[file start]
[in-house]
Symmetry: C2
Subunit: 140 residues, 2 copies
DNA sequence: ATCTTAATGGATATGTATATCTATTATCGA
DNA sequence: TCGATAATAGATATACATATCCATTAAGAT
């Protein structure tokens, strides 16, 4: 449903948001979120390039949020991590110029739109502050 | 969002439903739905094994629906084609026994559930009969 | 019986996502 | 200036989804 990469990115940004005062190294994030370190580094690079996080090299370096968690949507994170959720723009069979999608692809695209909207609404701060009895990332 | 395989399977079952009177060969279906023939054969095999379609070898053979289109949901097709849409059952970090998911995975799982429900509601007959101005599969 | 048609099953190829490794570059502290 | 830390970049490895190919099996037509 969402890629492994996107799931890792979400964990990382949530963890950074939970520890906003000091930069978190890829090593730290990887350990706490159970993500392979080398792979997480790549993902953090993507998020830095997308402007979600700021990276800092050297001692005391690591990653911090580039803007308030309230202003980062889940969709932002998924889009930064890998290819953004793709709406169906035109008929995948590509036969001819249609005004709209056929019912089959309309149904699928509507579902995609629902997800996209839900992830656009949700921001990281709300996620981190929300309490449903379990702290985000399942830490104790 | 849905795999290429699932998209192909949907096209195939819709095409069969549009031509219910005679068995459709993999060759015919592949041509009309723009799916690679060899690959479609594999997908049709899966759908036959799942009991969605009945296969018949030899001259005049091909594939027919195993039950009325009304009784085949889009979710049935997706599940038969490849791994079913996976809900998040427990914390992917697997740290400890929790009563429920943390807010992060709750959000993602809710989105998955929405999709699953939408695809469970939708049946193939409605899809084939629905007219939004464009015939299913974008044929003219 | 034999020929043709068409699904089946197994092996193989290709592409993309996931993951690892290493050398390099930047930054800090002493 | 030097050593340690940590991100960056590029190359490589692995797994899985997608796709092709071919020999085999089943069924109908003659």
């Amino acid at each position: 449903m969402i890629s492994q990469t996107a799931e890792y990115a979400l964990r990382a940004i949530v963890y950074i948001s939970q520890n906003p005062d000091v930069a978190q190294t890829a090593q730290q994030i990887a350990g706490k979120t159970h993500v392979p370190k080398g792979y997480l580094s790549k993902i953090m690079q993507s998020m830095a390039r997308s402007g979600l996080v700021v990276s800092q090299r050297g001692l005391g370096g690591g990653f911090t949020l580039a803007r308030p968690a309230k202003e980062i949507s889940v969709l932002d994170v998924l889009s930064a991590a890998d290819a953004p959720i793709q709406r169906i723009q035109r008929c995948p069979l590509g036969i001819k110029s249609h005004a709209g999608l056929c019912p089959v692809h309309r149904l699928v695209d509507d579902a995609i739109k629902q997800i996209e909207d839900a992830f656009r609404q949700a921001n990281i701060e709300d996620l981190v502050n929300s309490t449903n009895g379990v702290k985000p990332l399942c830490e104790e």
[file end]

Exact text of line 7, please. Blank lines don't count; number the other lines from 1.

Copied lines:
């Amino acid at each position: 449903m969402i890629s492994q990469t996107a799931e890792y990115a979400l964990r990382a940004i949530v963890y950074i948001s939970q520890n906003p005062d000091v930069a978190q190294t890829a090593q730290q994030i990887a350990g706490k979120t159970h993500v392979p370190k080398g792979y997480l580094s790549k993902i953090m690079q993507s998020m830095a390039r997308s402007g979600l996080v700021v990276s800092q090299r050297g001692l005391g370096g690591g990653f911090t949020l580039a803007r308030p968690a309230k202003e980062i949507s889940v969709l932002d994170v998924l889009s930064a991590a890998d290819a953004p959720i793709q709406r169906i723009q035109r008929c995948p069979l590509g036969i001819k110029s249609h005004a709209g999608l056929c019912p089959v692809h309309r149904l699928v695209d509507d579902a995609i739109k629902q997800i996209e909207d839900a992830f656009r609404q949700a921001n990281i701060e709300d996620l981190v502050n929300s309490t449903n009895g379990v702290k985000p990332l399942c830490e104790e």